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Palo Duro Canyon Red

Palo Duro Canyon Red Wine Details
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Description: True to the Texas Tradition, mild mannered but strong, this blend of Cabernet Sauvignon, Sangiovese and Merlot carries on that tradition. A balance of spices, color, texture and a smooth finish makes this wine a repeat choice.

Varietal Definition
Cabernet Sauvignon:
Cabernet Sauvignon is the most widely planted and significant among the five dominant varieties in France’s Bordeaux region, as well as the most successful red wine produced in California. Though it was thought to be an ancient variety, recent genetic studies at U.C. Davis have determined that Cabernet Sauvignon is actually the hybrid offspring of Sauvignon Blanc and Cabernet Franc. Cabernet Sauvignon berries are small with black, thick and very tough skin. This toughness makes the grapes fairly resistant to disease and spoilage and able to withstand some autumn rains with little or no damage. It is a mid to late season ripener. These growth characteristics, along with its flavor appeal have made Cabernet Sauvignon one of the most popular red wine varieties worldwide.
Merlot:
Merlot is known as a Noble Bordeaux varietal. Although it came to France in the first century, it was not named until the 1880s. Merlot was originally used only for blending, as it is soft and compliant, very useful in softening other Bordeaux wines like Cabernets. Recently in California and Chile it became popular as a 100% varietal wine. Merlot tends to be easier to grow in a variety of soil conditions and is harvested earlier in the year than Cabernet. Although most Merlots are made to be drunk earlier, there are many with complexities of a Cabernet. Flavors of plum, black cherry, violet, chocolate and orange pair well with rich, red pasta dishes, hearty chicken dishes, and any beef combination that you fancy. The perfect match of course is chocolate. Not only does the chocolate compliment the wine and vice-versa, but the essence of both flavors linger eternally.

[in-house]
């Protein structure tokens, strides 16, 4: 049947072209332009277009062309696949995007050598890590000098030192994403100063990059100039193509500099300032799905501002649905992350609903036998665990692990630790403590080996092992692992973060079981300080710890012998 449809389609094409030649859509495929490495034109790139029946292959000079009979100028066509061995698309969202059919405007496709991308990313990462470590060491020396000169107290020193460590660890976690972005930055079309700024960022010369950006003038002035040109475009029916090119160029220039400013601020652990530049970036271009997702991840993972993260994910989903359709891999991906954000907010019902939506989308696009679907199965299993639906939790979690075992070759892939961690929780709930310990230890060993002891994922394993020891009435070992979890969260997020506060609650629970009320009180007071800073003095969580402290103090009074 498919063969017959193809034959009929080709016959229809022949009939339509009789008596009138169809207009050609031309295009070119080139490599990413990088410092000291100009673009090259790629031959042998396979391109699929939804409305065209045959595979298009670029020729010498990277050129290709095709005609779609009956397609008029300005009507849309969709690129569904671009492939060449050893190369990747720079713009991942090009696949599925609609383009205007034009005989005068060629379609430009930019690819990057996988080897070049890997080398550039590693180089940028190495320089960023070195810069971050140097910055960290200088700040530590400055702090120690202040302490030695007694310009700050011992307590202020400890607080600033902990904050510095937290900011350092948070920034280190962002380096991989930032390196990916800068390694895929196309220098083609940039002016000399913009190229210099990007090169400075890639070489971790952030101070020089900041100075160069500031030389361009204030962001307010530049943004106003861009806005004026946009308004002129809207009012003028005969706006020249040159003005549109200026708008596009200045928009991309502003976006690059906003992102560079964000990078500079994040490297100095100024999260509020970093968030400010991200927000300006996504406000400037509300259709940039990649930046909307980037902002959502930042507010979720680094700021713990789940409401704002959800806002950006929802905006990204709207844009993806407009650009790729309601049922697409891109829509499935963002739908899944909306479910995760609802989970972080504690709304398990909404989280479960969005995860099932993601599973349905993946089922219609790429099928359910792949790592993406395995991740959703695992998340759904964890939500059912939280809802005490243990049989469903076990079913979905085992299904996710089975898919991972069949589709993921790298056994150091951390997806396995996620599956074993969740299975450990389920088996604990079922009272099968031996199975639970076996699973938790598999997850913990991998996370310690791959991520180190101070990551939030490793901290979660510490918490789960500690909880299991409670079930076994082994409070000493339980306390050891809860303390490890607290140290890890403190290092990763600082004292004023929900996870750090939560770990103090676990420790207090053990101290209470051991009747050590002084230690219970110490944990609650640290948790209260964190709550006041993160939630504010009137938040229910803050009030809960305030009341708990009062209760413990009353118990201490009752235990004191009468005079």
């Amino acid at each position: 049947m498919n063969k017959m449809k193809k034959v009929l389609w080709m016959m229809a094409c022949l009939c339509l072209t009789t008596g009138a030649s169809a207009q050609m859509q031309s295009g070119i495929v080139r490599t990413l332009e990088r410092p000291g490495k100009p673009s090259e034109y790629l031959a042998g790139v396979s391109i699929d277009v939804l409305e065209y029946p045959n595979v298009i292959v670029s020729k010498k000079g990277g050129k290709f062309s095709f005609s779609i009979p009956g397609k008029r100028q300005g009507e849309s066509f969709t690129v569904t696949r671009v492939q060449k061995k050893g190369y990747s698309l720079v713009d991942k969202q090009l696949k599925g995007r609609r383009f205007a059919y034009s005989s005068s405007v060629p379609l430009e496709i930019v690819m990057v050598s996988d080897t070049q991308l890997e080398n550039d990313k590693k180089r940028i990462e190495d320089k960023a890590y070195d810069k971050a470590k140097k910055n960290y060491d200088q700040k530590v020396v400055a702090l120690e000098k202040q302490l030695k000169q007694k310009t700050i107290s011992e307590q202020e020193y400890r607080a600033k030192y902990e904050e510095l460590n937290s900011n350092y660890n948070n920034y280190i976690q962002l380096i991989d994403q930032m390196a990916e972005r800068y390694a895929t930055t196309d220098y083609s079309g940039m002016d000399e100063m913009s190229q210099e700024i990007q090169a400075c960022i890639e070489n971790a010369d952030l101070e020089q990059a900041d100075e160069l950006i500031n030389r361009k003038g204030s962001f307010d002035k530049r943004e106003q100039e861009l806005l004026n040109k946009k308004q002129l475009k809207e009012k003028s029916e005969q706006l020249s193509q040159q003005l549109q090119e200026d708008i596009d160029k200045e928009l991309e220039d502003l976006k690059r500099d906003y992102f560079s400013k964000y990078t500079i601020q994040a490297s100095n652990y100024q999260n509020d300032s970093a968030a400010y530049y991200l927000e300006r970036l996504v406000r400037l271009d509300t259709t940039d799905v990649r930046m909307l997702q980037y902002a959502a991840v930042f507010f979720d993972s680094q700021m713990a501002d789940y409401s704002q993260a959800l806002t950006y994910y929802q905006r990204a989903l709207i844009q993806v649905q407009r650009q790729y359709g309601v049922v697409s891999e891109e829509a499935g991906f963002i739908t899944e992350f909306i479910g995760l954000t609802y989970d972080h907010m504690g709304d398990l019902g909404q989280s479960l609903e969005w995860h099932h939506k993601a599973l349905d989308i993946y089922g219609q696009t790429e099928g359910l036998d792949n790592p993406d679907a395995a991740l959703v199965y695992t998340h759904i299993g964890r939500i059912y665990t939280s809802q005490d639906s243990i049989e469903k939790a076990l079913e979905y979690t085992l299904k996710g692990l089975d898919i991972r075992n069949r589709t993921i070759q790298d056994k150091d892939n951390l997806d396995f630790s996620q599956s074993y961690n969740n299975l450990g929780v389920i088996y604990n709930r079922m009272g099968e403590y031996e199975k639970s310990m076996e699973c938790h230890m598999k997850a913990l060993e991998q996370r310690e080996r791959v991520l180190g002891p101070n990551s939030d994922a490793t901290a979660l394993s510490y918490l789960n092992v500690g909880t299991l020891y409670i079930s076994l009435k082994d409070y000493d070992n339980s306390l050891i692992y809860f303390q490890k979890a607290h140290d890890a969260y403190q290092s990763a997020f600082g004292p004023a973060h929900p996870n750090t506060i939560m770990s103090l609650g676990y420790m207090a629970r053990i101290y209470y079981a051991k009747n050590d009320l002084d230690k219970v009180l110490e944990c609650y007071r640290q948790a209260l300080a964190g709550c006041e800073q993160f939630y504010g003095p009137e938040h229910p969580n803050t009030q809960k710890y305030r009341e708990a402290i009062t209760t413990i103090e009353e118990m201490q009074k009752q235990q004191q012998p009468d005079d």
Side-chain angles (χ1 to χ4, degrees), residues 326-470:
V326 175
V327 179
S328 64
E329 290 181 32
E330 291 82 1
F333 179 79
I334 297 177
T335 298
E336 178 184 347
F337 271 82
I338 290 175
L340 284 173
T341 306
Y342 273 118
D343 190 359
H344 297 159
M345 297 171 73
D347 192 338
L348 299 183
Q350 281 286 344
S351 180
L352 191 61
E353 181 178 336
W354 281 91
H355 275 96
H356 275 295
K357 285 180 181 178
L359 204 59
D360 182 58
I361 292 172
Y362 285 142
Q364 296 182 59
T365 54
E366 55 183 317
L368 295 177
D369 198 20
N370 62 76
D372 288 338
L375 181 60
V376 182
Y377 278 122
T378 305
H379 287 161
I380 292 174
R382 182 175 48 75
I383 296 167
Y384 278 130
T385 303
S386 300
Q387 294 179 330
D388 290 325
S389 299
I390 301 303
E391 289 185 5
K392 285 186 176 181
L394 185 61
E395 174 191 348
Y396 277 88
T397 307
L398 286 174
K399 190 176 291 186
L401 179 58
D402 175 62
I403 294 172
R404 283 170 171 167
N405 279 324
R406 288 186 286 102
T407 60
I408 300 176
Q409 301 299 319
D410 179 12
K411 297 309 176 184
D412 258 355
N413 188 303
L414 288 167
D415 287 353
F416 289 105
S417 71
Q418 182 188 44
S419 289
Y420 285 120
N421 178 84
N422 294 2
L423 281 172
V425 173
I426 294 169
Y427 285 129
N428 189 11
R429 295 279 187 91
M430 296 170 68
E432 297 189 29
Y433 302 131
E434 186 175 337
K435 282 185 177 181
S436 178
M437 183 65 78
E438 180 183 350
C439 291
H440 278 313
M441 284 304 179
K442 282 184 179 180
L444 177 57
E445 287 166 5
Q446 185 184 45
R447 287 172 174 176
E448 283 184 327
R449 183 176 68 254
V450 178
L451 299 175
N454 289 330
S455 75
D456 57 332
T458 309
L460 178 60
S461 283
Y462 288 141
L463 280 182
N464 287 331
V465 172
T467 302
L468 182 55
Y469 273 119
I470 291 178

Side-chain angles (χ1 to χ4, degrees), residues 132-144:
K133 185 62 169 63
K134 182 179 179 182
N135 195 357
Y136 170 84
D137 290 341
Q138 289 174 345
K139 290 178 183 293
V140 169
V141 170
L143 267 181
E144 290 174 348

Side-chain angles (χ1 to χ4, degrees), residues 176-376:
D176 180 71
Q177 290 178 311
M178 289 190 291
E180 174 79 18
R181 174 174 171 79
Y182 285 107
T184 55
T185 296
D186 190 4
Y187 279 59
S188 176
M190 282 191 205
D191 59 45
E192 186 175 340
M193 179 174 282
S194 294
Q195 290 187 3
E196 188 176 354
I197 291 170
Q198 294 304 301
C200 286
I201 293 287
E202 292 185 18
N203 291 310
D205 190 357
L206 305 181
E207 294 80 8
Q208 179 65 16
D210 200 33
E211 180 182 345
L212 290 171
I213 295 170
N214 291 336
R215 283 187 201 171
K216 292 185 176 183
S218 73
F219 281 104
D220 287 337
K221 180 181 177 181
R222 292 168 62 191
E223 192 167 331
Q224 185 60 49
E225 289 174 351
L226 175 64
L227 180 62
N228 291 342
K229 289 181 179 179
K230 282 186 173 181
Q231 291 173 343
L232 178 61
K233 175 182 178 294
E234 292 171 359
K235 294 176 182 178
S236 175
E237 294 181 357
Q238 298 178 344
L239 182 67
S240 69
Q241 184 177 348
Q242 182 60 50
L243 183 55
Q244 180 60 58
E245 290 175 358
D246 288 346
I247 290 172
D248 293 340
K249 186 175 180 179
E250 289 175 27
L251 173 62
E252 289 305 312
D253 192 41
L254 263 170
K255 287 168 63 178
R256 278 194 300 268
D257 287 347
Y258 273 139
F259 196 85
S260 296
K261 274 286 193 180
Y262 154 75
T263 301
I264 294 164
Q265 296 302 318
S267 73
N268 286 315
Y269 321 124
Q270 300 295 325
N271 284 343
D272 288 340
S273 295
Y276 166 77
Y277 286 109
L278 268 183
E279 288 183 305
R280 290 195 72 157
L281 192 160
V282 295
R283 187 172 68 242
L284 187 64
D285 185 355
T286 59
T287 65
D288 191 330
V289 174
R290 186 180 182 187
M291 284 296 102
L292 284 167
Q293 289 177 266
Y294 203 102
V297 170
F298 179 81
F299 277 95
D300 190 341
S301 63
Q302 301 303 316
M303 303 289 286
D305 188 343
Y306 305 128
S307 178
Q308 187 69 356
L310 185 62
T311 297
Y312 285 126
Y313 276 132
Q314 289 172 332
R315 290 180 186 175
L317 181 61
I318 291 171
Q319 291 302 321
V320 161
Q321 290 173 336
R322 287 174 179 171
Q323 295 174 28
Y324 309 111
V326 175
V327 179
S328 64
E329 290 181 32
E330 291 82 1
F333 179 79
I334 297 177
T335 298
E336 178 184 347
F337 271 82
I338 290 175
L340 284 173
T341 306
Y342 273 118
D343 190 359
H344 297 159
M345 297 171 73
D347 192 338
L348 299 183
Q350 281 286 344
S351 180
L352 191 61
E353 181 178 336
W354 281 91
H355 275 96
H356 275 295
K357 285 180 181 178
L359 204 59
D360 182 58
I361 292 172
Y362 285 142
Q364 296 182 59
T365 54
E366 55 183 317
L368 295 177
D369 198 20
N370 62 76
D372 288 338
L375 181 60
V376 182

Sangiovese:
Sanguis Jovis, the Latin origin for the varietal name, literally means “blood of Jove.” Sangiovese is one of the oldest known varietals and it is likely that ancient Etruscan winemakers cultivated it, although the first literary reference to Sangiovese was in 1722. Sangiovese is probably indigenous to Tuscany, whose most famous wine is Chianti. Chianti is a blend that currently contains a minimum of 90% Sangiovese.Sangiovese thrives in hot dry climates. Because these climatic criteria generally enhance quantity, rather than quality, it takes careful cultivation and winemaking techniques to produce really excellent wine from this grape.


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